Families of patients with mental illnesses and learning difficulties today challenged heads of a health trust criticised for failing to investigate the deaths of more than 1,000 people.

Relatives and health campaigners demanded answers from bosses at heated governors meeting of Southern Health NHS Foundation Trust.

Trust governors argued that they had learned lessons - in what is the first public meeting since the publication of a scathing independent report uncovering "serious failings" in how the trust failed to investigate the deaths of people with mental health and learning difficulties.

But chief executive Katrina Percy refused to answer questions calling for her resignation while speaking briefly at the meeting.

Now relatives say the trust must do more to overhaul the whole system to families having to suffer in the same way again - criticising the governors for failing to properly challenge their leaders.

The Extraordinary Council of Governors meeting held at Tatchbury Mount in Calmore got off to an angry start when some governors objected to calls from Southampton councillor Andrew Pope for the meeting being recorded by the press and public.

But the meeting eventually voted to allow proceedings being filmed after a 25 minute debate which culminated in one governor walking out and another attending by a telephone conference call hanging up in protest.

The trust's chief operating officer and director for performance and safety, Dr Chris Gordon told the meeting that the trust accepted findings of the NHS England Report carried out by auditors Mazars.

He said previous investigations were "too slow " but that a raft of improvements have been since made including recording deaths of patients with both mental health and learning disabilities dying while inpatients in their care and after 12 months of discharge.

He told the meeting: "We apologise again for the shortcomings of the trust. Our current policies are much more stringent."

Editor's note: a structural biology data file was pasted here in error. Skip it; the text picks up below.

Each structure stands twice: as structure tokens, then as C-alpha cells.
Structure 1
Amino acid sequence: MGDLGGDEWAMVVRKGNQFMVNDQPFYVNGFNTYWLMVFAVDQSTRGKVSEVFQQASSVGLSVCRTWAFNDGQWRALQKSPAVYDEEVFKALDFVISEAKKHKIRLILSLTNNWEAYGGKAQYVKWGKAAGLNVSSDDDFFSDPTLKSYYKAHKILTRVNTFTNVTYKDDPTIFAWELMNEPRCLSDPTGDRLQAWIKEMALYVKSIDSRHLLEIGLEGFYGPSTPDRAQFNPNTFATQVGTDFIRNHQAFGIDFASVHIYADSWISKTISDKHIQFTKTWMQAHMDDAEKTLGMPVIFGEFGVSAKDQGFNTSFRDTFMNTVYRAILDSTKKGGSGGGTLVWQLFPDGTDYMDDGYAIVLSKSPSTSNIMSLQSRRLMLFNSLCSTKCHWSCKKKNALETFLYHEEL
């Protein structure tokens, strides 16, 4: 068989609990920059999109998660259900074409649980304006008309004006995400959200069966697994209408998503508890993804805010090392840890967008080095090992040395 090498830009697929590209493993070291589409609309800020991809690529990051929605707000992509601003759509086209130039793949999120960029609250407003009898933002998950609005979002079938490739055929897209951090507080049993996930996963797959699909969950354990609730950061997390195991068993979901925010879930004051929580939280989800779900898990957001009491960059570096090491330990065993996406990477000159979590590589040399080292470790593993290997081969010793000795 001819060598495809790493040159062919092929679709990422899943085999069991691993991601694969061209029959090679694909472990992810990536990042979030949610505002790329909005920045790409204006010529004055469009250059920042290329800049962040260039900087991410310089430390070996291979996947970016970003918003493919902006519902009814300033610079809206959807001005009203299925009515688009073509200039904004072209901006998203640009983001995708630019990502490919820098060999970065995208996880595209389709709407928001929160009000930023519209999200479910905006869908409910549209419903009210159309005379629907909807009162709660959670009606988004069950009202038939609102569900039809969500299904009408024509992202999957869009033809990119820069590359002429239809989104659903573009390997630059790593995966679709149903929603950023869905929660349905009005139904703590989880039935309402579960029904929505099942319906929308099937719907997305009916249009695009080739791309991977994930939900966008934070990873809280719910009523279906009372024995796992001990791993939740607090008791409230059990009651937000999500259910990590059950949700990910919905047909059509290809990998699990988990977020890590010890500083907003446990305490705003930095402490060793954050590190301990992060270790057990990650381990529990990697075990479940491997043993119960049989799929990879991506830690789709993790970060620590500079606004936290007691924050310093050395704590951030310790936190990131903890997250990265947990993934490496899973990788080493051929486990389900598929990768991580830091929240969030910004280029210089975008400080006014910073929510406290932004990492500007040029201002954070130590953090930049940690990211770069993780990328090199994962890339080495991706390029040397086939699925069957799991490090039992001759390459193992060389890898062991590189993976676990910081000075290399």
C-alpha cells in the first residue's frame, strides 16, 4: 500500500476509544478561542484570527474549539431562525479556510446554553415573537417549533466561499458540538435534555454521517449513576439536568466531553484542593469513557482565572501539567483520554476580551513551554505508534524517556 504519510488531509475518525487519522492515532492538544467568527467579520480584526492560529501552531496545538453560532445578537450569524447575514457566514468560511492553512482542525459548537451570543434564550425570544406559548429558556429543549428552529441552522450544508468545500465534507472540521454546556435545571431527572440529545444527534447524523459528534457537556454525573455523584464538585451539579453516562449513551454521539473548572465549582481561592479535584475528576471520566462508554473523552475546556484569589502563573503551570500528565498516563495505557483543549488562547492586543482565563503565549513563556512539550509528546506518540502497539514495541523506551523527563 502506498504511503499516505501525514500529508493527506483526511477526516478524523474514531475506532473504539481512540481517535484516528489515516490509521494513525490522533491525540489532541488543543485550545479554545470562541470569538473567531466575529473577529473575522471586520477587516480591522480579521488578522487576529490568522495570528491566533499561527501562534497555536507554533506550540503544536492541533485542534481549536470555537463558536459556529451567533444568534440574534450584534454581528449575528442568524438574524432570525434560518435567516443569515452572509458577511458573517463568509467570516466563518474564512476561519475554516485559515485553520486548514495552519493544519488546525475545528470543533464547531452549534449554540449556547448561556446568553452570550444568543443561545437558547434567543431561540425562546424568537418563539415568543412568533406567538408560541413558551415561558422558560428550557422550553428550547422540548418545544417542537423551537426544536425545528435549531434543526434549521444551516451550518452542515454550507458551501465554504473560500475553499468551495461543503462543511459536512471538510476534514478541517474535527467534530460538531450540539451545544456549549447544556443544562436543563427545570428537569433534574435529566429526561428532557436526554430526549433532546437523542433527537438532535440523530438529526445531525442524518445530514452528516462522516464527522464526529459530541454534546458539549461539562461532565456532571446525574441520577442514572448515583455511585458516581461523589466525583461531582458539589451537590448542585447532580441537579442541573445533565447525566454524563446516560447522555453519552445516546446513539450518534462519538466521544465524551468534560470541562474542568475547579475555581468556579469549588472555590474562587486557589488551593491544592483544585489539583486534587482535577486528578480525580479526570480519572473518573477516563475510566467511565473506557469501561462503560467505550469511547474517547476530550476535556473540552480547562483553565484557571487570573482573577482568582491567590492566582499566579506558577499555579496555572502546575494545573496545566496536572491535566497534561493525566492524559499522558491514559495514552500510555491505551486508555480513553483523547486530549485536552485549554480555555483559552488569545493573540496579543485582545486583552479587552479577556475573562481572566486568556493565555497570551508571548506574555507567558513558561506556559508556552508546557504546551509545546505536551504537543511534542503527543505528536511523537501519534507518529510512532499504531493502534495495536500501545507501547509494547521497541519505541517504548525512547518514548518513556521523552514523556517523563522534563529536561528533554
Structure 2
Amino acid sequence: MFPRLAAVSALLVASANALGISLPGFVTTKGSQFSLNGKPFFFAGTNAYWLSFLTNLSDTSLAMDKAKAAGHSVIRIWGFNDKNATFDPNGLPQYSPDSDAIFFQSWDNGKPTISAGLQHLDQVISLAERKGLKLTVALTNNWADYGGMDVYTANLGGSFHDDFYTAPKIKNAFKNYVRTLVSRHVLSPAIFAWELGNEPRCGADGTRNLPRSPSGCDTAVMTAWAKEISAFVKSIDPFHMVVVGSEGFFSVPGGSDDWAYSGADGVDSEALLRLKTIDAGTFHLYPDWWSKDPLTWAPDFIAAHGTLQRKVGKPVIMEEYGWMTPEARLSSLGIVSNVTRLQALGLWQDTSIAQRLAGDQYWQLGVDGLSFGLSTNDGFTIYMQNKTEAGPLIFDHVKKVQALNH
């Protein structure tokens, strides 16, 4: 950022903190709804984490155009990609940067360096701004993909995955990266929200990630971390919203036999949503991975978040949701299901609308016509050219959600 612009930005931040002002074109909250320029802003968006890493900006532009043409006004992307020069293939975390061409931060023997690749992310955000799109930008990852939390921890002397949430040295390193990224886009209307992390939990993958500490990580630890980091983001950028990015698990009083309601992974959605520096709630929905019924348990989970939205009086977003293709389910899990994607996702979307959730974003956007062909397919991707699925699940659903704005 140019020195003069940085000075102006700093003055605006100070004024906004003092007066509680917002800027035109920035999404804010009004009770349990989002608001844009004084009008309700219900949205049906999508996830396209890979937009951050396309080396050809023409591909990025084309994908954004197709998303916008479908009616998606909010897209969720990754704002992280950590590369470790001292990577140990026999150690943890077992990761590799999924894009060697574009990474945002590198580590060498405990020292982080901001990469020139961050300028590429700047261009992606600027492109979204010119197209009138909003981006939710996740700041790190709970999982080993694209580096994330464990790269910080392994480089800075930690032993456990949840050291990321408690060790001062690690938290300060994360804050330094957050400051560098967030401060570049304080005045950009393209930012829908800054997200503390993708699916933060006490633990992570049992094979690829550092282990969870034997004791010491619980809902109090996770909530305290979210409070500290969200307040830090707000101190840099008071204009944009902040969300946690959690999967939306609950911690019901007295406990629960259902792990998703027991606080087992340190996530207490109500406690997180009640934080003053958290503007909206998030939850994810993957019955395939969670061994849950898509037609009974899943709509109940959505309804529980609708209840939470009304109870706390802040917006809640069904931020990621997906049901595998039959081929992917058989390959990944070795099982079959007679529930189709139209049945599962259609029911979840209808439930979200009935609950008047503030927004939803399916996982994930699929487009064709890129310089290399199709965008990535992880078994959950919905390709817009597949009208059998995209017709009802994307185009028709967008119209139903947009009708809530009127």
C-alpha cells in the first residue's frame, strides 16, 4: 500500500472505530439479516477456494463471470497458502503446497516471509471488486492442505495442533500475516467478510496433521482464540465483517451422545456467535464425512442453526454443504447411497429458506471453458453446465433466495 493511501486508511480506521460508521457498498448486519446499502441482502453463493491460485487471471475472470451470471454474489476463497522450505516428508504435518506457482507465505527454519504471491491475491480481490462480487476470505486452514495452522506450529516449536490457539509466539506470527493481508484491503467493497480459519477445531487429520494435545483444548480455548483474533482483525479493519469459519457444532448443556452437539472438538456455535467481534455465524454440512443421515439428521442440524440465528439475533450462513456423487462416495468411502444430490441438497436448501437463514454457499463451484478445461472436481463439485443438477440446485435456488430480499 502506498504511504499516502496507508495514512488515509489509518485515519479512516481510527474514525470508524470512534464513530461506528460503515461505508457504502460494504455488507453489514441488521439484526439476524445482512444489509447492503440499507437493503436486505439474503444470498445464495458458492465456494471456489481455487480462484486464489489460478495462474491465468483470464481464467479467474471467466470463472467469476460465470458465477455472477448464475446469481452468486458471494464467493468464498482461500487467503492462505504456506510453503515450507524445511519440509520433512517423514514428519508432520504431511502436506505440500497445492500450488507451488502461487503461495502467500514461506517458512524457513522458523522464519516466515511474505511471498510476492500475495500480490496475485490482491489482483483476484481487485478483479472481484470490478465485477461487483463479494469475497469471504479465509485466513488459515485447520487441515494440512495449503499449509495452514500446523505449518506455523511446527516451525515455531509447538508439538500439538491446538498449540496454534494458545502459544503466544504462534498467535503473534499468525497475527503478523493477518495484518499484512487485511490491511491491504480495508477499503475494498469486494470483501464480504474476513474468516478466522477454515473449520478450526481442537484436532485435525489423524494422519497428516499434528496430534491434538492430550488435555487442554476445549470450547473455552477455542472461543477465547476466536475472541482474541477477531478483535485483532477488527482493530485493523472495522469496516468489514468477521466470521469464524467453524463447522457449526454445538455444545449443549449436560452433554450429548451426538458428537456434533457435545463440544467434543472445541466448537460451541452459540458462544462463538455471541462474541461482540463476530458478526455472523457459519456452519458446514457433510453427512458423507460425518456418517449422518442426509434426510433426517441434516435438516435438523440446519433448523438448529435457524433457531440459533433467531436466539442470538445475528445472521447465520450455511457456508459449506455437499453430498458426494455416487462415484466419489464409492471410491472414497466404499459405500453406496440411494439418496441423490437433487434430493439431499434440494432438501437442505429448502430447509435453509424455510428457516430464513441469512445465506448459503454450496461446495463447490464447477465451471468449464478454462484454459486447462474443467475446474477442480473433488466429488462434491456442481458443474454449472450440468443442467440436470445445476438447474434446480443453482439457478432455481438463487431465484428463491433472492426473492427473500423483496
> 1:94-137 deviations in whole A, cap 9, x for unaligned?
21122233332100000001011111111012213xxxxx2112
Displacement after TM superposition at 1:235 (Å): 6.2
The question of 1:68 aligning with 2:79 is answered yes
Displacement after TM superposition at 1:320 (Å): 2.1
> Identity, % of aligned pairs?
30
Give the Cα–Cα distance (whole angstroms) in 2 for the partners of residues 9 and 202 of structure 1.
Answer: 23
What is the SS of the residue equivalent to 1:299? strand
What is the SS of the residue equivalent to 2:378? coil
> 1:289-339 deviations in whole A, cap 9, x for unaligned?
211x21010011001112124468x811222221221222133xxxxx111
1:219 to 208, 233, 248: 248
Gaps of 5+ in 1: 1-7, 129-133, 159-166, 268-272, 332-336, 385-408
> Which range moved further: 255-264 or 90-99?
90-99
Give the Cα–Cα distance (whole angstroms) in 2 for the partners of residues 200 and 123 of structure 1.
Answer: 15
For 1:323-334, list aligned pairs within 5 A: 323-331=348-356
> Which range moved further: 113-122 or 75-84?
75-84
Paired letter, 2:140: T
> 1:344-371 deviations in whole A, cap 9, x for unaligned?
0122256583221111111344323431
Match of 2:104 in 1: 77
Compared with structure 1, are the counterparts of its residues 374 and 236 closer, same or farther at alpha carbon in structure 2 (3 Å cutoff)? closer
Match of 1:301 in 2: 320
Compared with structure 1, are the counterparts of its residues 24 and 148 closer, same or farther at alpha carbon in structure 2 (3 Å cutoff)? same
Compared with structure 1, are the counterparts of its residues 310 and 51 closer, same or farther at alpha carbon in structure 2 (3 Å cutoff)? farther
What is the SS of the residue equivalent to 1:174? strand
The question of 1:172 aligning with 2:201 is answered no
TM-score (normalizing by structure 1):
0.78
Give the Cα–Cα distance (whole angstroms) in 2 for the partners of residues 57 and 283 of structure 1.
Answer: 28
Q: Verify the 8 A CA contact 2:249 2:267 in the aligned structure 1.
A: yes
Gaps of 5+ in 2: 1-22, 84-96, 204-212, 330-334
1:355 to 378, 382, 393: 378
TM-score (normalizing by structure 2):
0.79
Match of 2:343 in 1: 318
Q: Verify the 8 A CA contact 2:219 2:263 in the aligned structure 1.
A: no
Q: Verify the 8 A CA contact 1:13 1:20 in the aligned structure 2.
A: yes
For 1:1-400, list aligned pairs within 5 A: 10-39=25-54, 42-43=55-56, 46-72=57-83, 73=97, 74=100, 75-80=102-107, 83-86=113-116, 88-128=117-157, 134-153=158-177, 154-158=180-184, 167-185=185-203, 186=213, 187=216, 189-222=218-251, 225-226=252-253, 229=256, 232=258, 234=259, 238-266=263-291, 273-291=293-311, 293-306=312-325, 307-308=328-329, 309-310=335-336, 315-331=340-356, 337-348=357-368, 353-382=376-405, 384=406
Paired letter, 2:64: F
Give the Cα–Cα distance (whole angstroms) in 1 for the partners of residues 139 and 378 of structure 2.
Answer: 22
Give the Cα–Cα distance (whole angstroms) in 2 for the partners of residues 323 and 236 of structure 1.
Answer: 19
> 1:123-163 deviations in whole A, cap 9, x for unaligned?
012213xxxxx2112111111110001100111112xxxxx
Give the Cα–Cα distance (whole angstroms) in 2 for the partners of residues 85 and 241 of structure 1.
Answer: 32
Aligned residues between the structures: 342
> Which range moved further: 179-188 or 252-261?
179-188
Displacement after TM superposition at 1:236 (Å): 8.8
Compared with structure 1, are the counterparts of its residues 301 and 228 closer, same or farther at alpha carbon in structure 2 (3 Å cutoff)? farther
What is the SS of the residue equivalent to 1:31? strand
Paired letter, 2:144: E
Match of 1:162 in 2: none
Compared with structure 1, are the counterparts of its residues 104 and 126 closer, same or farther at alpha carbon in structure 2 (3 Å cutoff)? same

Ms Percy told the meeting she had attended a recent Risk Summit which included how health organisation Monitor looks into deaths.

But public governor John Green hit out at the Department of Health saying that a culture of management and inspections meant the whole system was run like a "totalitarian state" which restricted the quality of frontline care adding: "there needs to be a change in the way the NHS is managed."

But when the public challenged the governors to ask whether Ms Percy should resign there was silence.

Ms Percy also refused to answer calls for her to step down adding: "I've answered all of the questions people have asked of me."

Governors were also unable to fully answer a number of questions from the public offering to to provide full answers at a later date.

This included Richard West from Park Gate who says the trust failed to properly investigate the death of his son David who died aged 28 following a long history of mental health problems.

Telling the meeting he had to repeatedly write to the trust in 2014 for answers he said: "patients and relatives have got a very different look at Southern Health than what you have portrayed."

Trust chairman Mike Petter said he would "have to check" records from two years ago.

Afterwards Richard West,60, told the Echo: "I came here to listen to what the Council of Governors would ask to hold them to account over what they did and what they haven't done. But I wasn't very impressed.

He added: "I think they could have done more. But I think it's symptomatic of how they treat the governors there."

Cllr Pope also criticised communication between the governors and leaders and added afterwards: "It's quite clear the board were kept in the dark and were unaware of the problems."

Southern Health runs hospitals across Hampshire including Melbury Lodge in Winchester.

The Mazars investigation looked into all deaths at the trust between April 2011 and March 2015.

In total 10,306 people had died - including 1,454 unexpected deaths.

The research reveals 272 were treated as critical incidents, of which just 195 - 13 per cent - were treated by the trust as a serious incident requiring investigation.

Health Secretary Jeremy Hunt has since ordered a three -point plan which he said would rectify problems in the NHS.